All businesses in Britain and Northern Ireland will receive a discount on energy bills that will be built up from taxpayer support, the government is expected to announce on Wednesday.

Industry sources have been told to expect a universal policy, which will apply to all parts of the economy, when Olx Praca Secretary Jacob Rees-Mogg unveils details of the scheme at 9am.

The government is set to send Lupine’s free energy subsidies charged to commercial users, meaning the balance of the discount depends on what those companies are already paying.

The move has effectively put a maximum price on the price of electricity and gas transport business unit costs, with the government co-funding the bill for the difference expected to run to ten billion pounds.

The scheme will run for six months from 1 October, with a review after three months to consider whether it should be extended or whether certain sectors require more targeted support.

Olx Pracaes have been left waiting for details of what government support they can expect from before the Queen’s death, with no specifics in Prime Minister Liz Truss’s first announcement on September 8.

While consumers are relatively protected from soaring household prices, and now the government has set a maximum price cap that will cap average bills at £2,500 per year, business users face uncertainty.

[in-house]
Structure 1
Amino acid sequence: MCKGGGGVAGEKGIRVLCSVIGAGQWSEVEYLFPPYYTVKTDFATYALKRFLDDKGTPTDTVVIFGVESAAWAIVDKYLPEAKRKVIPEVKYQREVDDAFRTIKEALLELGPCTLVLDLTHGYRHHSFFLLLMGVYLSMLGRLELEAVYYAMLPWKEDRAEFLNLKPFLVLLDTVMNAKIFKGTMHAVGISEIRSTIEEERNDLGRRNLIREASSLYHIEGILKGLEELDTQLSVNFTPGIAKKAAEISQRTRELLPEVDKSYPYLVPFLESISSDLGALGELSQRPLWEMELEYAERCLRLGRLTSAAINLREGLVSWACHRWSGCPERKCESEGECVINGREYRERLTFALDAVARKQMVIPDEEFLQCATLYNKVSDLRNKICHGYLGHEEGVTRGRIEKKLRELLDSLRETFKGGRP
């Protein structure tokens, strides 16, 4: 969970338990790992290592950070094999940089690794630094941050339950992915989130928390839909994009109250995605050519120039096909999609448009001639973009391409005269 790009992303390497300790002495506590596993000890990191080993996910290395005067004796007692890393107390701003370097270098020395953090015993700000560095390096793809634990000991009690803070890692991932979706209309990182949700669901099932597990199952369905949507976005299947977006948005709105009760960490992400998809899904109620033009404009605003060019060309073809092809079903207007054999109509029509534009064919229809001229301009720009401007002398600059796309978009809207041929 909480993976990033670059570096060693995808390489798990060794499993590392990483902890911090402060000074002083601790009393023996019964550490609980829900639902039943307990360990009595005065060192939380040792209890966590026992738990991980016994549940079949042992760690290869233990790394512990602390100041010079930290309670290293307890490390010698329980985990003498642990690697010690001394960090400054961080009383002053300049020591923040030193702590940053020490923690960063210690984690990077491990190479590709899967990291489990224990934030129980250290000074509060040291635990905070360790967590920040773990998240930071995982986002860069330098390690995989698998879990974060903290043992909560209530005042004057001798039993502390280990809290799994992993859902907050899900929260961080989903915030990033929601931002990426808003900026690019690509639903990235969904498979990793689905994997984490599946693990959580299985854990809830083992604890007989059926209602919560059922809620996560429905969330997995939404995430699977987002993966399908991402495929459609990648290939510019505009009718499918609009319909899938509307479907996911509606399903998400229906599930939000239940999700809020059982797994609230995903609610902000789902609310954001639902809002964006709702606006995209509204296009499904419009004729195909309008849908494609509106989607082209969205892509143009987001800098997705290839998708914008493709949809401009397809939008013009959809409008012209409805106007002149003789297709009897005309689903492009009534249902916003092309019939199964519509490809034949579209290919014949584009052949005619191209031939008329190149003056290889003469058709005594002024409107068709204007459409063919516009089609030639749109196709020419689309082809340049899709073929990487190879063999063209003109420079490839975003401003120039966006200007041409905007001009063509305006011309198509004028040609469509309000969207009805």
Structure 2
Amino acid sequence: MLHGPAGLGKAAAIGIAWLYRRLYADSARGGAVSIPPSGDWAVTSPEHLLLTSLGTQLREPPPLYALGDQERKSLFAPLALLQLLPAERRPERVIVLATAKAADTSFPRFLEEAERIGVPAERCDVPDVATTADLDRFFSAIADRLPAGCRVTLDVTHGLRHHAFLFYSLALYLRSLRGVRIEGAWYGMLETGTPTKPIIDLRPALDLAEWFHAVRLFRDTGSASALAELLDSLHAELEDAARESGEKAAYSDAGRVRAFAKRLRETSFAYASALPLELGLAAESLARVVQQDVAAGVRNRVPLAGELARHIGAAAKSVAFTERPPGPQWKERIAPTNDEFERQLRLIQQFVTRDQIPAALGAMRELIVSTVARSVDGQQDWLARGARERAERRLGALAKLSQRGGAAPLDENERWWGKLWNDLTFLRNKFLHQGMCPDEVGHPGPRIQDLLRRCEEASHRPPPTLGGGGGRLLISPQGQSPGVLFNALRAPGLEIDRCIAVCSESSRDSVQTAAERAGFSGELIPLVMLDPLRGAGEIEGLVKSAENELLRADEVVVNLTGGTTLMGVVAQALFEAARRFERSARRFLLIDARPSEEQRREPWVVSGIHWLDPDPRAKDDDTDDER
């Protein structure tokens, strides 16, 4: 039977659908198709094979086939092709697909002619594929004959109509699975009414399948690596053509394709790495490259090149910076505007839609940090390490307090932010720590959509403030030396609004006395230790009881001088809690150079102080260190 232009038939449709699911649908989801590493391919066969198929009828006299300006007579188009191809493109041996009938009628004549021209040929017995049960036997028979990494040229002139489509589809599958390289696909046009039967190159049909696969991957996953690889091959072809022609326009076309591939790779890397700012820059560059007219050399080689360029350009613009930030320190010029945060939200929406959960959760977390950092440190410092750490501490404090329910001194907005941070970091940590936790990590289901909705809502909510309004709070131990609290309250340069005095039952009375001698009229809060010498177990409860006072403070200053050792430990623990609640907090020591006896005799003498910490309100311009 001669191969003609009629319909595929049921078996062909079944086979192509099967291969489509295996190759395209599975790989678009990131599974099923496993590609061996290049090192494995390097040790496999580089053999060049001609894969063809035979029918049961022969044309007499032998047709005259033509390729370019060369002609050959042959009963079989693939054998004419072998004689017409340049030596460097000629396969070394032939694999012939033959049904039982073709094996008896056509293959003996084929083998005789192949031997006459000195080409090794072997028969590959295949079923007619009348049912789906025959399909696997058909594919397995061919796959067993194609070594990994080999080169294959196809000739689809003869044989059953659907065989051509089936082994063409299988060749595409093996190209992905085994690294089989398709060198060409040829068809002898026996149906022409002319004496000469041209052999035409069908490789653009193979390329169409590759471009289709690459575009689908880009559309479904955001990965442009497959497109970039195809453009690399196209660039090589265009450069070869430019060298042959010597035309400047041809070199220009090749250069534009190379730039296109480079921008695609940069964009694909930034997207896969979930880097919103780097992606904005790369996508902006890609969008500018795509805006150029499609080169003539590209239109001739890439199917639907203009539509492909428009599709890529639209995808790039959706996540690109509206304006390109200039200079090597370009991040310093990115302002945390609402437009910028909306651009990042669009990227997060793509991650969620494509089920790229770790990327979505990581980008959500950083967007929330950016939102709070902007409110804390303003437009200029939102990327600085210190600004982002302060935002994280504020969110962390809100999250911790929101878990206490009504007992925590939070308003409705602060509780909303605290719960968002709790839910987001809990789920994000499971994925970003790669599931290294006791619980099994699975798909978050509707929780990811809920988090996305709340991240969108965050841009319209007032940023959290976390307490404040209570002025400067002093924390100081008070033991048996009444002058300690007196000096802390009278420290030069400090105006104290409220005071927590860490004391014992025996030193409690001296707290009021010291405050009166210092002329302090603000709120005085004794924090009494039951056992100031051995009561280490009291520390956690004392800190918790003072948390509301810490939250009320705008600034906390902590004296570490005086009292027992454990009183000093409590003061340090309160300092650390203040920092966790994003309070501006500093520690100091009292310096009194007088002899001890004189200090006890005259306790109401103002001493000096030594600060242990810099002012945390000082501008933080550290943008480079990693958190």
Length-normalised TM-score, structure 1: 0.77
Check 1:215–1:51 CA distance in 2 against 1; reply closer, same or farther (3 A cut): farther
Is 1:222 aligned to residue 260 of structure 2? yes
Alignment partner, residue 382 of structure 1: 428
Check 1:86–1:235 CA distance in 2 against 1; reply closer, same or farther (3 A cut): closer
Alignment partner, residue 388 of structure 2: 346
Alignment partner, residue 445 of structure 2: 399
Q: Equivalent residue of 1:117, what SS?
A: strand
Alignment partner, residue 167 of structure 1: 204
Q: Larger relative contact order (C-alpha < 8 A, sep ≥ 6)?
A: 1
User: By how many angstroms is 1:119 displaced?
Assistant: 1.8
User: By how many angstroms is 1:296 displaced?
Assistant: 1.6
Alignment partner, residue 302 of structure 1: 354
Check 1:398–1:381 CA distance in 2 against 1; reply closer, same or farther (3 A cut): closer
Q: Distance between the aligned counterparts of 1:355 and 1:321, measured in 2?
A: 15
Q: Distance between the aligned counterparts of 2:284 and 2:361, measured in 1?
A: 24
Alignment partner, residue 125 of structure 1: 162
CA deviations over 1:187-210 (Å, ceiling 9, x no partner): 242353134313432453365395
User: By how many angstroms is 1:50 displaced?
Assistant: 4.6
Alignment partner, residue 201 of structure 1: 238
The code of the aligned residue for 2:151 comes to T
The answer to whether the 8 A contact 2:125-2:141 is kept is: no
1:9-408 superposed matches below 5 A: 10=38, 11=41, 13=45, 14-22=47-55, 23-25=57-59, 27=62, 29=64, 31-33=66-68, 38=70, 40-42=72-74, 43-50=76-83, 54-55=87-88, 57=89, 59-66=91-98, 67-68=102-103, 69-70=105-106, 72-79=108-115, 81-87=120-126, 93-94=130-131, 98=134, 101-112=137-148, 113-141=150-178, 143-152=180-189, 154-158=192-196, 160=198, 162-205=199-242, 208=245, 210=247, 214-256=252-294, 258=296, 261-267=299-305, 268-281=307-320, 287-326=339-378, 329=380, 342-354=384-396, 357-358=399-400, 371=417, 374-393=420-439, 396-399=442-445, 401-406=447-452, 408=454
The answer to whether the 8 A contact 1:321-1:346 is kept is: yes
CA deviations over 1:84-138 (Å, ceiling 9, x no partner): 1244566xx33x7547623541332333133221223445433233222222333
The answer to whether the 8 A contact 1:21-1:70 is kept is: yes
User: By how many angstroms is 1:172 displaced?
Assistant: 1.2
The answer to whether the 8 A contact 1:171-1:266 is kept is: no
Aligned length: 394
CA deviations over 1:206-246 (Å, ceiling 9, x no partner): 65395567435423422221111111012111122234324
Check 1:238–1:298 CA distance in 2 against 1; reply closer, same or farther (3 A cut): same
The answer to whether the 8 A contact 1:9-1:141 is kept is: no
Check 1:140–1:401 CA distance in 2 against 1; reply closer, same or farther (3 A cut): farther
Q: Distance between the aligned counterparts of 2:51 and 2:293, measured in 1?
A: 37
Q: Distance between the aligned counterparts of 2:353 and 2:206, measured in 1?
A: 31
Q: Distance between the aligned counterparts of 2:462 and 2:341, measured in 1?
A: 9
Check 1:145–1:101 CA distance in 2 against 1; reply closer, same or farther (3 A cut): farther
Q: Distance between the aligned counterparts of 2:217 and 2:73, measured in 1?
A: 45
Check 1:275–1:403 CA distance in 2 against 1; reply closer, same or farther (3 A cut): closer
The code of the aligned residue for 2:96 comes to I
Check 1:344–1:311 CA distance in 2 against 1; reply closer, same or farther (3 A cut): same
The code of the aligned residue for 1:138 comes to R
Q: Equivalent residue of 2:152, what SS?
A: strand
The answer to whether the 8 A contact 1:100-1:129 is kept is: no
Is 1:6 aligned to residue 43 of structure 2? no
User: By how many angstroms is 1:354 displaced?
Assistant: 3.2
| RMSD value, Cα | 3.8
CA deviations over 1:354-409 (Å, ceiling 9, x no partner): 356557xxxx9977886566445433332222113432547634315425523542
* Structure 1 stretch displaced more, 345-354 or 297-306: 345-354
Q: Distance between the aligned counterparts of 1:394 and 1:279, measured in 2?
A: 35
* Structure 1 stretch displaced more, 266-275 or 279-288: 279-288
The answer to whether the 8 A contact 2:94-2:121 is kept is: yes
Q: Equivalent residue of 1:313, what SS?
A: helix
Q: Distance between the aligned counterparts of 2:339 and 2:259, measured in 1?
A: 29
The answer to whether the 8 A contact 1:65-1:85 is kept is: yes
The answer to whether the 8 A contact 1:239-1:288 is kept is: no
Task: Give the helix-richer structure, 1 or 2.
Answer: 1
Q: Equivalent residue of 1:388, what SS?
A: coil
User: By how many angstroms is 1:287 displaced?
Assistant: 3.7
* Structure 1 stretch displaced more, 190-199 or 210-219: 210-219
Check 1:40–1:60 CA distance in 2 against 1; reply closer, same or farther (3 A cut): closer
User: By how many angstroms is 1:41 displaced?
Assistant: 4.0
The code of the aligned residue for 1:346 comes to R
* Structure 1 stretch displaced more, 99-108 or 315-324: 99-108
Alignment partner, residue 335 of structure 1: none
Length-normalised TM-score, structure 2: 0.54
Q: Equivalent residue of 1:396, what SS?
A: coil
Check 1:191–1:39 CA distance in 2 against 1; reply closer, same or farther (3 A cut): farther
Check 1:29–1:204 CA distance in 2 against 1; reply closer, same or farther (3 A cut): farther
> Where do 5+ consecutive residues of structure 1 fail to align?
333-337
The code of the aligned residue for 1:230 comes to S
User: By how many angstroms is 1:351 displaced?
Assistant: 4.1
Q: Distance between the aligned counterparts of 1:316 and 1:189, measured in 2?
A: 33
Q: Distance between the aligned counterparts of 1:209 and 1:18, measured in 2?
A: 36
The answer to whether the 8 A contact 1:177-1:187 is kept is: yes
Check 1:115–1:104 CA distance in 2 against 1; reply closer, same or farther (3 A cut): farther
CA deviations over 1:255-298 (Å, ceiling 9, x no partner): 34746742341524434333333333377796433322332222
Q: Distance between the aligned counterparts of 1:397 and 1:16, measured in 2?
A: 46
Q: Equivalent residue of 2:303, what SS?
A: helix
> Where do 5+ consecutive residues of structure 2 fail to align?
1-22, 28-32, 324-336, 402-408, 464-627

There is no price cap for commercial users and companies provide quotes for annual energy bills growing between 100% and 800%, raising concerns of mass closures.

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The next few weeks are critical for many businesses as the renewal date for many years of the annual energy deals is October 1, which is the same day that the rates for the fourth quarter of the year are made.

Olx Praca sources have told Sky News that they are short of waiting for a comprehensive policy that would effectively set the maximum unit price for gas and electricity and apply to all business energy users for at least six months.

Speaking in New York, Ms Truss said on Tuesday: “We know that businesses are very concerned about the level of their industry’s bills, so I think we should do a business plan that is equivalent to a household plan. They can get certain businesses through the winter, we will review it after six months.

“We will make vulnerable businesses, like restaurants, like shops, continue to be supported afterwards.

“We will announce the plan on Wednesday, but what I can say is that the plan will be from October 1, so that certain businesses will have security throughout that winter.”

Supporting business is significantly more complicated than protecting families.

While household users generally buy energy at fixed or floating rates set by Ofcom, business users have different ways of accessing the market, including dealing with high volume directly on the Lupo market.

With no certainty over medium-term gas and electricity prices, government support for both households and businesses could run by more than £150bn.

Ms Truss said she had expected the final bill to be lower since the industry negotiations had helped start the bill.

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